Experimental hip-hop outfit UNKLE was one of the original artists releasing material through noted U.K. label Mo' Wax, which helped launch the instrumental mid-'90s downtempo breakbeat revival eventually termed trip-hop. Though hardly the label's highest profile group (at least until the long-delayed release of their debut LP in 1998), UNKLE numbered among its members label-head James Lavelle, who formed Mo' Wax while still in his teens as an antidote to the increasingly stale acid jazz/Northern soul scene. Stripping the music down to its barest of essentials -- bass, percussion, minimal samples, and heavy effects -- the Mo' Wax sound (best exemplified by the second Mo' Wax label comp, Headz, as well as its sequel, the two-part Headz II) quickly gained respectability and a large audience. Although not as prolific as other Mo' Wax artists such as DJs Shadow and Krush, Lavelle's group nonetheless played a crucial role in cementing Mo' Wax's early sound though their Time Has Come double EP, the latter of which featured remixes of the title track by Plaid, Portishead, and U2 producer Howie B.
The group comprised the trio of Lavelle, Tim Goldsworthy -- a mate of Lavelle's since childhood -- and producer Kudo, of seminal Japanese label Major Force (and a member of the on-again, off-again psychedelic beat crew Skylab). Previous to his entrée into production, Lavelle along with Goldsworthy was deep into New York hip-hop and electro, the emerging late-'80s Sheffield bleep scene, the English acid jazz scene (which he covered as a columnist for Straight No Chaser magazine), and of course the acid house and techno explosions that were redefining the English counterculture at the time. The pair hooked up with third member Kudo through the growing rep of the latter's Love T.K.O. project, whose outbound interpretations of breakbeat and acid jazz drew Lavelle's ear. While Goldsworthy and Kudo remained more heavily involved in nuts 'n' bolts production (especially given the success of Mo' Wax, with the penning on an expansive partial ownership deal with A&M Records in 1996), Lavelle is heavily involved in the conceptual and organizational end, crafting beats and laying out vague sketches his partners then expand into full-blown tracks. Despite the scarcity of released material, UNKLE grew to wider acclaim during 1996 through remix projects for Jon Spencer Blues Explosion and Tortoise. After Goldsworthy and Kudo were effectively replaced by Mo' Wax bill-payer DJ Shadow, the all-star LP Psyence Fiction finally appeared in 1998. It was a disappointment considering the advance hype, and DJ Shadow distanced himself from the collective. Lavelle, amidst much work as a DJ, recruited singer/songwriter Richard File for the second UNKLE full-length, 2003's Never, Never, Land. ~ Sean Cooper, All Music Guide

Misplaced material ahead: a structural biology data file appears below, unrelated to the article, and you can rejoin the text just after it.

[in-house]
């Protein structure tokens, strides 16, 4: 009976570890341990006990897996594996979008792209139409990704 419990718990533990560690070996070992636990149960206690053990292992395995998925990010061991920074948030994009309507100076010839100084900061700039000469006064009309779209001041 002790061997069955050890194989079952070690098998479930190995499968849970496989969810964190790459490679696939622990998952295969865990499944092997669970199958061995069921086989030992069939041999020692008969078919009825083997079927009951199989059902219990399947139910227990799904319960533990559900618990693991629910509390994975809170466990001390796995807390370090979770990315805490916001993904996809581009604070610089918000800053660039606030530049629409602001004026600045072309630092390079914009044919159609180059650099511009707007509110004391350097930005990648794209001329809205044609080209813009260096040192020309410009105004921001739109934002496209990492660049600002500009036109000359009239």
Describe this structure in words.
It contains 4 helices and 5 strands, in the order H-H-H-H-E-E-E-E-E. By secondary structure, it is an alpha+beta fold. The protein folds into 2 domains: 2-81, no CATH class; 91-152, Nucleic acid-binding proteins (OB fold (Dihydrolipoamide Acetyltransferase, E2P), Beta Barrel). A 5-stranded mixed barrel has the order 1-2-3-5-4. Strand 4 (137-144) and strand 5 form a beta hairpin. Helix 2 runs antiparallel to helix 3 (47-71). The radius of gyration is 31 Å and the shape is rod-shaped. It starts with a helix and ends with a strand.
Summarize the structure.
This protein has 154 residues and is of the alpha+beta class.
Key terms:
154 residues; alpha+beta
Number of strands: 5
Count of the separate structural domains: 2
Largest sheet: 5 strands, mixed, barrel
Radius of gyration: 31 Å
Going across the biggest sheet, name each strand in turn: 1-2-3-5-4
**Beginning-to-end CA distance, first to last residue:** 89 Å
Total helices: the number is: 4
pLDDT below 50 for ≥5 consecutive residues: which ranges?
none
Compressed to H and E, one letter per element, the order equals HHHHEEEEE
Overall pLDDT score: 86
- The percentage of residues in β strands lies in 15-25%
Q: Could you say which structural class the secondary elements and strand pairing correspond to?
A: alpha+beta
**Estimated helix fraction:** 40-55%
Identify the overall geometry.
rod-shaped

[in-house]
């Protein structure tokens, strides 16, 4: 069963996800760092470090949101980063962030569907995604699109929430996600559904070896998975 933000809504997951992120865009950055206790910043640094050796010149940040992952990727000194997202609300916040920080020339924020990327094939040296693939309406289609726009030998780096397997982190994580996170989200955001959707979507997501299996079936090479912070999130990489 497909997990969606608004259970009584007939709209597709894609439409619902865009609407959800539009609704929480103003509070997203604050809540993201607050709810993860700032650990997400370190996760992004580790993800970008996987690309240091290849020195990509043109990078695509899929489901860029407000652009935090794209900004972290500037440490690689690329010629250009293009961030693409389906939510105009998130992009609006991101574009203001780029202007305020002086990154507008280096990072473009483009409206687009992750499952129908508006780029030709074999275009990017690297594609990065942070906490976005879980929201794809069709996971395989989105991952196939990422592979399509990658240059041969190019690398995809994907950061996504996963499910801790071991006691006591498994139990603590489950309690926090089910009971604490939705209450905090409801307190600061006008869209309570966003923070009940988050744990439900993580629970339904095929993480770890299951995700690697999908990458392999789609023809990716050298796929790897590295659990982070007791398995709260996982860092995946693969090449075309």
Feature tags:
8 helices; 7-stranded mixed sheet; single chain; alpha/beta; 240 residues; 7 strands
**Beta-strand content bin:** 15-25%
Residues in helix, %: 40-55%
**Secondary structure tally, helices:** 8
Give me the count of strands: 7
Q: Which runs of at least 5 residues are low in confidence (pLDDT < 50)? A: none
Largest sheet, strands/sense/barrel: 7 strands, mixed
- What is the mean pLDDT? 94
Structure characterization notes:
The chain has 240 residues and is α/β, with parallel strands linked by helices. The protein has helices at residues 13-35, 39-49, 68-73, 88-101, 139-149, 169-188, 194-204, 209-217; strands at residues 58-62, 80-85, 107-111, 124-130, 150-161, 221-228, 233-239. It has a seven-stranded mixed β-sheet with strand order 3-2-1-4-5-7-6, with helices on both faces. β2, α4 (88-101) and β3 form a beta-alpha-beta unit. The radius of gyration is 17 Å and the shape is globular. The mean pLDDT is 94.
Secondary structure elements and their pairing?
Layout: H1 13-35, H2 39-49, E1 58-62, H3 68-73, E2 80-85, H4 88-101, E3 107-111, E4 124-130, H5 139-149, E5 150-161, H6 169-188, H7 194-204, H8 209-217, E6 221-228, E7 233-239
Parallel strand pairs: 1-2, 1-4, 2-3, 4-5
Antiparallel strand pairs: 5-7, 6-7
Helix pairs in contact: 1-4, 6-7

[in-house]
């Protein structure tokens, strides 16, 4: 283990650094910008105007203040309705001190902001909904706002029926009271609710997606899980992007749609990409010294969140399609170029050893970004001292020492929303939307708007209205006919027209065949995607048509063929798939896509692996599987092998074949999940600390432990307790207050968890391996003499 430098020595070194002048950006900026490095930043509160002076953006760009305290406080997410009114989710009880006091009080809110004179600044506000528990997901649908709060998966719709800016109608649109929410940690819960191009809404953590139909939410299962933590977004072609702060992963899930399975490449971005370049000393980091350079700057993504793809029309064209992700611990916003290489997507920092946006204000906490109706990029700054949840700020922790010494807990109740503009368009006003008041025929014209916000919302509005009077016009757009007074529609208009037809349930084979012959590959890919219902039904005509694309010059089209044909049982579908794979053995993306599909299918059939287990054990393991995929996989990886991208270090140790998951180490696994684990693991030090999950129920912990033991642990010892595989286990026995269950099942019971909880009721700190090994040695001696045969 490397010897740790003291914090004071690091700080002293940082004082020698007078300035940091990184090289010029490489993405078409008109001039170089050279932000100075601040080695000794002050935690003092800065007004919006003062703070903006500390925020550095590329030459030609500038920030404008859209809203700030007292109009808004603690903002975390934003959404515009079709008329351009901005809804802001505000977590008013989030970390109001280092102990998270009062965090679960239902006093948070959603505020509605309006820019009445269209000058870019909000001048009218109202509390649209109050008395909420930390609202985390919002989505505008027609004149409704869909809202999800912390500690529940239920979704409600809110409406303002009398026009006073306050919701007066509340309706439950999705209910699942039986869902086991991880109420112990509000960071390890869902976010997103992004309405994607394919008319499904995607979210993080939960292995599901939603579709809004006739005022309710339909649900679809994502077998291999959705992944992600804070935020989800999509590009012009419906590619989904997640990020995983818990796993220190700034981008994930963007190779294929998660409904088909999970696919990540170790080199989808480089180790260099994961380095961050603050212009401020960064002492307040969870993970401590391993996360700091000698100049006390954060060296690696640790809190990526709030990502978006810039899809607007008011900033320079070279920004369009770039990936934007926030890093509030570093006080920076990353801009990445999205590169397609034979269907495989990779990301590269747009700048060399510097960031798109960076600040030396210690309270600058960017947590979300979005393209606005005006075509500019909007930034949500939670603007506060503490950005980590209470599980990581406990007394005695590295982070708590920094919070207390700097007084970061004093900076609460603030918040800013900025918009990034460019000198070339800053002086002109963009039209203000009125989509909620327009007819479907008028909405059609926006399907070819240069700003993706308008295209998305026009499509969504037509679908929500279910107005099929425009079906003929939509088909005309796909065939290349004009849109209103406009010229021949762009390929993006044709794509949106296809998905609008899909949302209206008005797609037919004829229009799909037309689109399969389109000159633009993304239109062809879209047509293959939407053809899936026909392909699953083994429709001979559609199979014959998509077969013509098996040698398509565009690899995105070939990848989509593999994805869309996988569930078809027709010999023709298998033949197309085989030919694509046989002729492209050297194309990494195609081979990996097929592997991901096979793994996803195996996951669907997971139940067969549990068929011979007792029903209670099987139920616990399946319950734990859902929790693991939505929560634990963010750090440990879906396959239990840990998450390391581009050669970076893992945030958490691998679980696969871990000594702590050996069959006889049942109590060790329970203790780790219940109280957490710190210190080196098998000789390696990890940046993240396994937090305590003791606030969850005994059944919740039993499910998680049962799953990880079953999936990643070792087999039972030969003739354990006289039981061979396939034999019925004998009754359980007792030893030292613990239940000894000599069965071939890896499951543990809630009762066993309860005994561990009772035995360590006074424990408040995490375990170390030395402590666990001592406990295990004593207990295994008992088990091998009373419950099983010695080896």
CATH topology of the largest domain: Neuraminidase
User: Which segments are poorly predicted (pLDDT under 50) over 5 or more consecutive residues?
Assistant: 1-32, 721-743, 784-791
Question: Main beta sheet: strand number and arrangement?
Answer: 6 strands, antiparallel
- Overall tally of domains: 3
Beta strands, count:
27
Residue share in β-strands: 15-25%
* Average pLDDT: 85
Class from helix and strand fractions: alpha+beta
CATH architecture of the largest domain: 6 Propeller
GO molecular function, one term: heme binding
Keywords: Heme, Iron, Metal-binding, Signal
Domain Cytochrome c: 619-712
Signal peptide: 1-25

Written by Sean Cooper